Ed Driscoll

The Ascension of Charlie's Angels' Angel

Just saw on Drudge that Aaron Spelling died, at age 83. As his (no doubt largely pre-written) CNN obituary notes, Spelling produced a superfluity of fluffy hour-long series, hitting his peak in the 1970s, when he had an exclusive deal with ABC:

Spelling’s other hit series included “Love Boat,” “Fantasy Island,” “Burke’s Law,” “The Mod Squad,” “Starsky and Hutch,” “T.J. Hooker,” “Matt Houston,” “Hart to Hart” and “Hotel.” He kept his hand in 21st-century TV with series including “7th Heaven” and “Summerland.”
He also produced more than 140 television movies. Among the most notable: “Death Sentence” (1974), Nick Nolte’s first starring role; “The Boy in the Plastic Bubble” (1976), John Travolta’s first dramatic role; and “The Best Little Girl in the World” (1981), which starred Jennifer Jason Leigh.During the 1970s and 1980s, Spelling provided series and movies exclusively for ABC and is credited for the network’s rise to major status. Jokesters referred to it as “The Aaron Broadcasting Company.”

Success was not without its thorns. TV critics denounced Spelling for fostering fluff and nighttime soap operas. He called his shows “mind candy”; critics referred to them as “mindless candy.”

As Todd Gitlin astutely observed in his 1983 book, Inside Prime Time, beginning with The Mod Squad, Spelling hit upon his primary formula: a group of young, photogenic leads, and somewhere in the background, a father figure who both provided the older generation with a reason to watch the show, and comforted them that the leads wouldn’t go too far off the beaten bath of societal norms. (Remember, we’re talking 1970s network television here, which was rather tame when compared to your average HBO series of today).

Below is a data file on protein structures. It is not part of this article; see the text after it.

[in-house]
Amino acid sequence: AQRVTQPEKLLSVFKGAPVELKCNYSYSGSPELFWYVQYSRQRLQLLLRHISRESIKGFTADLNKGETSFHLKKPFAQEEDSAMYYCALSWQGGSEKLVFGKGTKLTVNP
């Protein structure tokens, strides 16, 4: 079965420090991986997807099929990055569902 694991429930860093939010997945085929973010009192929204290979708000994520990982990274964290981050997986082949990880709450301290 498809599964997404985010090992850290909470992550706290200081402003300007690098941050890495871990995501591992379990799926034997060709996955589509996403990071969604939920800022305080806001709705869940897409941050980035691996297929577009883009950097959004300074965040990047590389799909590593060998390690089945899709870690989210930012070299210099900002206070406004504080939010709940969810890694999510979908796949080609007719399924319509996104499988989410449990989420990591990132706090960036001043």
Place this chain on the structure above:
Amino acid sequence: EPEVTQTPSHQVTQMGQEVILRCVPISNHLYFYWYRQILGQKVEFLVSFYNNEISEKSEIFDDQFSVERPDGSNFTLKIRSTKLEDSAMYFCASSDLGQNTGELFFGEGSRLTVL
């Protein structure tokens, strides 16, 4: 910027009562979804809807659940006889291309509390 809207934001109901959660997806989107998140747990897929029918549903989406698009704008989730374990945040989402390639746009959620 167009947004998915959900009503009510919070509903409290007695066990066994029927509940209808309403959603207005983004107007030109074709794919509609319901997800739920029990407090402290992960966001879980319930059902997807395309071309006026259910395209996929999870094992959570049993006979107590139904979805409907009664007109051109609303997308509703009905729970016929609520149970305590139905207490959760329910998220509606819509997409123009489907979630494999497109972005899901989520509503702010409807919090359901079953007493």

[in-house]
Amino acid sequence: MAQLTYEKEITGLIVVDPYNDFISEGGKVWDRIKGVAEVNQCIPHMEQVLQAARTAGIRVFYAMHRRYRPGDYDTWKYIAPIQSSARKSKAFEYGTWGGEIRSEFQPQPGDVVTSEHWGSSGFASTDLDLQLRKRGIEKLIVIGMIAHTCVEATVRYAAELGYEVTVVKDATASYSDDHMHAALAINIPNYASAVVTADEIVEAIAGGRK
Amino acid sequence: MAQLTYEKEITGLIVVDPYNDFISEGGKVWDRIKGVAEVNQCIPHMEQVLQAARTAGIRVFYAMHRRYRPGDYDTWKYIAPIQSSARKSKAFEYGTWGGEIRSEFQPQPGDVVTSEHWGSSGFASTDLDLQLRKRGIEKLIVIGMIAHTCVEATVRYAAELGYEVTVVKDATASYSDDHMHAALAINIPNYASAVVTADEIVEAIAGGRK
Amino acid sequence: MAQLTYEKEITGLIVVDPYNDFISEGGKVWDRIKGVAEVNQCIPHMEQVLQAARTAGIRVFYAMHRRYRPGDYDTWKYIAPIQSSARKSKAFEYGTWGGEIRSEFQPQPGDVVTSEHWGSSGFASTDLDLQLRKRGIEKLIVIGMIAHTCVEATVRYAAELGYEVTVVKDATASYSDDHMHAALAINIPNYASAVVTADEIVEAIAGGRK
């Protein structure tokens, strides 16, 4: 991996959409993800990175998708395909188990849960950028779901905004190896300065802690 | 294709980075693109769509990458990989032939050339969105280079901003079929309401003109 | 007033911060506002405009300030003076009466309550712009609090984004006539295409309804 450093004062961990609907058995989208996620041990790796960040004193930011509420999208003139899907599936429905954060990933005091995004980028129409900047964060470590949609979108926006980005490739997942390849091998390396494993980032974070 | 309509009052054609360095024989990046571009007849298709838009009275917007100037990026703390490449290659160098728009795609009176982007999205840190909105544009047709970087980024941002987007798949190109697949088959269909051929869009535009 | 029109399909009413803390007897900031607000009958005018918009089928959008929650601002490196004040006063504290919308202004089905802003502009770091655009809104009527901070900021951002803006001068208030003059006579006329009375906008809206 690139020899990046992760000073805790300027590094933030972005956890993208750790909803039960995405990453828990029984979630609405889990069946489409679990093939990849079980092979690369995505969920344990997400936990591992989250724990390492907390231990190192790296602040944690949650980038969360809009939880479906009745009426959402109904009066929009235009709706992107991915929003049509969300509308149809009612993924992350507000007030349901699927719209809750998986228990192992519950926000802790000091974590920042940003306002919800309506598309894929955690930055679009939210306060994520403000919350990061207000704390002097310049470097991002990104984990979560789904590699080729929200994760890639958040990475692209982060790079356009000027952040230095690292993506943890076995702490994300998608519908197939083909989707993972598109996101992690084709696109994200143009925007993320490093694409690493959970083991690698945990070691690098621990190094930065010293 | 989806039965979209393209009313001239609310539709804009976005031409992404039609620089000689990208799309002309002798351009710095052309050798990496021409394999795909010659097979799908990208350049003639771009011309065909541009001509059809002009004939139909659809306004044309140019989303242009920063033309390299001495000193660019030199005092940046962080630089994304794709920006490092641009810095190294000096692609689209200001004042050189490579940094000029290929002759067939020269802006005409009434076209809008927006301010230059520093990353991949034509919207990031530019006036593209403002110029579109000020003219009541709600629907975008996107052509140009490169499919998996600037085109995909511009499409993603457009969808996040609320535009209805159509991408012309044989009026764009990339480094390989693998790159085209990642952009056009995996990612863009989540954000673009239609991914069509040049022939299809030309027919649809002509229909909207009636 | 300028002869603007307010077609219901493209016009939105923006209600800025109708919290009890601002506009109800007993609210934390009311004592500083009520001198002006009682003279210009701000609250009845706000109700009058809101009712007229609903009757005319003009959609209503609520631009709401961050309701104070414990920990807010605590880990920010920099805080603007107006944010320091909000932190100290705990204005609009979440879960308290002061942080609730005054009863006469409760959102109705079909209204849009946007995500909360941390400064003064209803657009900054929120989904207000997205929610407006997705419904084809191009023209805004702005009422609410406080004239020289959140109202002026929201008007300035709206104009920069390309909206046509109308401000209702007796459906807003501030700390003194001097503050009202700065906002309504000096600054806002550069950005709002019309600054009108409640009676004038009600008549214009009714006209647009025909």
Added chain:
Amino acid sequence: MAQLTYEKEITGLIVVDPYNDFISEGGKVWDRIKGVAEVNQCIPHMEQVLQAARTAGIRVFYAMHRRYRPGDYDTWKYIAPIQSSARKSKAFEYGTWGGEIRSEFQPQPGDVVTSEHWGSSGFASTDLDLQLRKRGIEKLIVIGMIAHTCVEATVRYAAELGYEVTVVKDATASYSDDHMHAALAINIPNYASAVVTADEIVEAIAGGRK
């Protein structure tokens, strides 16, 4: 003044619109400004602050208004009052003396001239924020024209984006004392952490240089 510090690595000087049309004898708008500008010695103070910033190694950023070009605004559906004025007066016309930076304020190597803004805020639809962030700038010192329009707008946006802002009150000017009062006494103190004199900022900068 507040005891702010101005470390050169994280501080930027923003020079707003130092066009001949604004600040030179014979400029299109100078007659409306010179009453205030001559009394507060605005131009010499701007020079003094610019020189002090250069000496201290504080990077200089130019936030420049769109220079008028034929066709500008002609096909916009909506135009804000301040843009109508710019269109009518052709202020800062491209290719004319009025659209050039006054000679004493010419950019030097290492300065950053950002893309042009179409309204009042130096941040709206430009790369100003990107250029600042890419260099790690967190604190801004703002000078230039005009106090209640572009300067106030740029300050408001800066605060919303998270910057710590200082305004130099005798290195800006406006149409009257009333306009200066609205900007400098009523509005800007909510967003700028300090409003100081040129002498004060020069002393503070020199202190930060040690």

Spelling took that formula to its absolute peak with Charlie’s Angels, which built on The Mod Squad’s trio of hip young leads, but replaced the sixties-era psychedelic drop-outs with three drop-dead gorgeous women fighting crime not in bell-bottoms and headbands, but very 1970s-style Nolan Miller-designed outfits. The Angels actually had two father figures to keep them out of trouble — the eunuch-like David Doyle on-camera, and above him on the crime fighting food chain, the perfect boss, voiced by the suave John Forsythe, but literally just off-screen. Thus, as Gitlin noted, every man watching the show could pretend that he was Charlie, and “the girls” worked for him.

As a television formula, it worked absolutely brilliantly, and the show was a huge ratings smash. It’s no coincidence that the peaks of both Johnny Carson and Spelling’s careers were in the same era; As Jeff Jarvis wrote when Carson passed away:

Carson also represented the golden age of America’s shared experience in media. That era lasted about three decades, from the late ’50s to the late ’80s, when the three networks turned most cities into one-newspaper towns and we all watched the same thing. I don’t regret that era dying; it means we now have more choice and choice equals control. But it was a unique time in our culture, when popular culture became a common platform, a common touchstone for Americans. We all got Johnny’s jokes.

And, for better or worse, we all watched Aaron’s shows.

Thanks to Nick At Nite and its TV Land spin-off, insomniacs at least, are doomed to watch those shows into eternity. And if there’s a God, He’s forcing Spelling to as well, in Sisyphean penance.

The irony is that Spelling’s probably enjoying them.

Update: Aaron Spelling: Straussian Neo-Con!